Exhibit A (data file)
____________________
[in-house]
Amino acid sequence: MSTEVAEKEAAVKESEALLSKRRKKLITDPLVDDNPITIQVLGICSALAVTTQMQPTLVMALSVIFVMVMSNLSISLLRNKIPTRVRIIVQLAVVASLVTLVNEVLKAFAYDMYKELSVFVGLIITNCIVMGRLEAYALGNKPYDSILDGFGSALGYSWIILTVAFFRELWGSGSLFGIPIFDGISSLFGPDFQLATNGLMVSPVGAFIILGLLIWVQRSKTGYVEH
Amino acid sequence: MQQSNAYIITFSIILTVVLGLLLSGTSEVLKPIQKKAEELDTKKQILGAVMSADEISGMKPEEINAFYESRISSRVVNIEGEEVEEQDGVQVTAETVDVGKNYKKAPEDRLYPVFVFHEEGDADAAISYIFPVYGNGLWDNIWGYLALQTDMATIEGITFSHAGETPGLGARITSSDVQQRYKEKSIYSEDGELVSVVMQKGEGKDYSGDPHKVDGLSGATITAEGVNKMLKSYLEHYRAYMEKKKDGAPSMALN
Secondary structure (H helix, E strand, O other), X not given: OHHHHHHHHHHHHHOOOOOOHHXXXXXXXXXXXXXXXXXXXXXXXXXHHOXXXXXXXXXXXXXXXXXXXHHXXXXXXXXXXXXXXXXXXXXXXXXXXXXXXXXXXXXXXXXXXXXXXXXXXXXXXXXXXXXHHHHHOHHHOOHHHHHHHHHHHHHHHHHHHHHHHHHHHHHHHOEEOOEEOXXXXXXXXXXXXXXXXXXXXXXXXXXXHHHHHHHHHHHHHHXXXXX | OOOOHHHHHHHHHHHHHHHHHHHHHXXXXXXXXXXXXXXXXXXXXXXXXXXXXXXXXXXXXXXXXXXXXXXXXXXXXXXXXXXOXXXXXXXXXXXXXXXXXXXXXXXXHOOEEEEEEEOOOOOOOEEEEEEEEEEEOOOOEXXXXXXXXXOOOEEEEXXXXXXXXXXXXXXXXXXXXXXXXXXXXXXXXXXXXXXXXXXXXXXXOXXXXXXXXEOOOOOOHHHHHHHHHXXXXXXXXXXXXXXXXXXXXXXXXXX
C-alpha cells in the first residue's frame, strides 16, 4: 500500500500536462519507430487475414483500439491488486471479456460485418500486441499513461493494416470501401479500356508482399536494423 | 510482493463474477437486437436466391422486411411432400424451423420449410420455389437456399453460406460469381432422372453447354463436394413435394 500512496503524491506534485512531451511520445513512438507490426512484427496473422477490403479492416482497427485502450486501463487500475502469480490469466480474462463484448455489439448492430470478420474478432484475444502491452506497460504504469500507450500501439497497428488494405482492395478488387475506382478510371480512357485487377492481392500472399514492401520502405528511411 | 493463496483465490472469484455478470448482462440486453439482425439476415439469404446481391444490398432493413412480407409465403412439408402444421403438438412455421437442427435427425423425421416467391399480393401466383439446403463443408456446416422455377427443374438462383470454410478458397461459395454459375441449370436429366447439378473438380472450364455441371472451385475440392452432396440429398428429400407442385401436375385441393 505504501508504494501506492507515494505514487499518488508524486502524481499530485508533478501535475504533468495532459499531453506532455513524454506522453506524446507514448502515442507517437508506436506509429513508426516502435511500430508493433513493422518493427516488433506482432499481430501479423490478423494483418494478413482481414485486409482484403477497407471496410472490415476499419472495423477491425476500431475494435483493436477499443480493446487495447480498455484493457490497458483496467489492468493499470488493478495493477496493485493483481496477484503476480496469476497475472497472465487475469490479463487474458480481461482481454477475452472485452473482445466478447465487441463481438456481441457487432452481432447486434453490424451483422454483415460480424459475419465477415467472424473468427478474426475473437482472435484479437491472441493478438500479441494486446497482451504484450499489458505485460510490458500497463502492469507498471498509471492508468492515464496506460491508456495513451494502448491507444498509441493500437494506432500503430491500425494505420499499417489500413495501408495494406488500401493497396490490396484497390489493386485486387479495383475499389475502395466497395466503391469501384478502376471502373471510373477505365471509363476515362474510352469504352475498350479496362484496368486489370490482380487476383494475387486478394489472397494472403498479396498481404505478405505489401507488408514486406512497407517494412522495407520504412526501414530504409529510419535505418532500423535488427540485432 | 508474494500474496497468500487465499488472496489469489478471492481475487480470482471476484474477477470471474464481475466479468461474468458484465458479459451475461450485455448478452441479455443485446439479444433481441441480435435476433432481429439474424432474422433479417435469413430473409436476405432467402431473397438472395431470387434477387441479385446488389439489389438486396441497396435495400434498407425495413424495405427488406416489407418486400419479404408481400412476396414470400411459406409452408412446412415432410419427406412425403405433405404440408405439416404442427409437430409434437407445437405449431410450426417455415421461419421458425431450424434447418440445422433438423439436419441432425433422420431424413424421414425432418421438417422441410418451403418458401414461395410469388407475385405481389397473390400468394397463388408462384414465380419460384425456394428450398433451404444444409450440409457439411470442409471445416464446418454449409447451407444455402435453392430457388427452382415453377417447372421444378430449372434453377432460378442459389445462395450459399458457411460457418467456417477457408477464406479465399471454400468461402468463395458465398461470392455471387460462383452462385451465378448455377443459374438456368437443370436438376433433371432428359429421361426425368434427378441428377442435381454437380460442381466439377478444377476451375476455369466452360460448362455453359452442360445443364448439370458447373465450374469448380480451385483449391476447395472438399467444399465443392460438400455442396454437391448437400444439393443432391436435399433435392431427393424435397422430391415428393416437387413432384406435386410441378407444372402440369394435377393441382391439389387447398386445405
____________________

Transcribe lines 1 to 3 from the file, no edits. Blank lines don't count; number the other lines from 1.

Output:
[in-house]
Amino acid sequence: MSTEVAEKEAAVKESEALLSKRRKKLITDPLVDDNPITIQVLGICSALAVTTQMQPTLVMALSVIFVMVMSNLSISLLRNKIPTRVRIIVQLAVVASLVTLVNEVLKAFAYDMYKELSVFVGLIITNCIVMGRLEAYALGNKPYDSILDGFGSALGYSWIILTVAFFRELWGSGSLFGIPIFDGISSLFGPDFQLATNGLMVSPVGAFIILGLLIWVQRSKTGYVEH
Amino acid sequence: MQQSNAYIITFSIILTVVLGLLLSGTSEVLKPIQKKAEELDTKKQILGAVMSADEISGMKPEEINAFYESRISSRVVNIEGEEVEEQDGVQVTAETVDVGKNYKKAPEDRLYPVFVFHEEGDADAAISYIFPVYGNGLWDNIWGYLALQTDMATIEGITFSHAGETPGLGARITSSDVQQRYKEKSIYSEDGELVSVVMQKGEGKDYSGDPHKVDGLSGATITAEGVNKMLKSYLEHYRAYMEKKKDGAPSMALN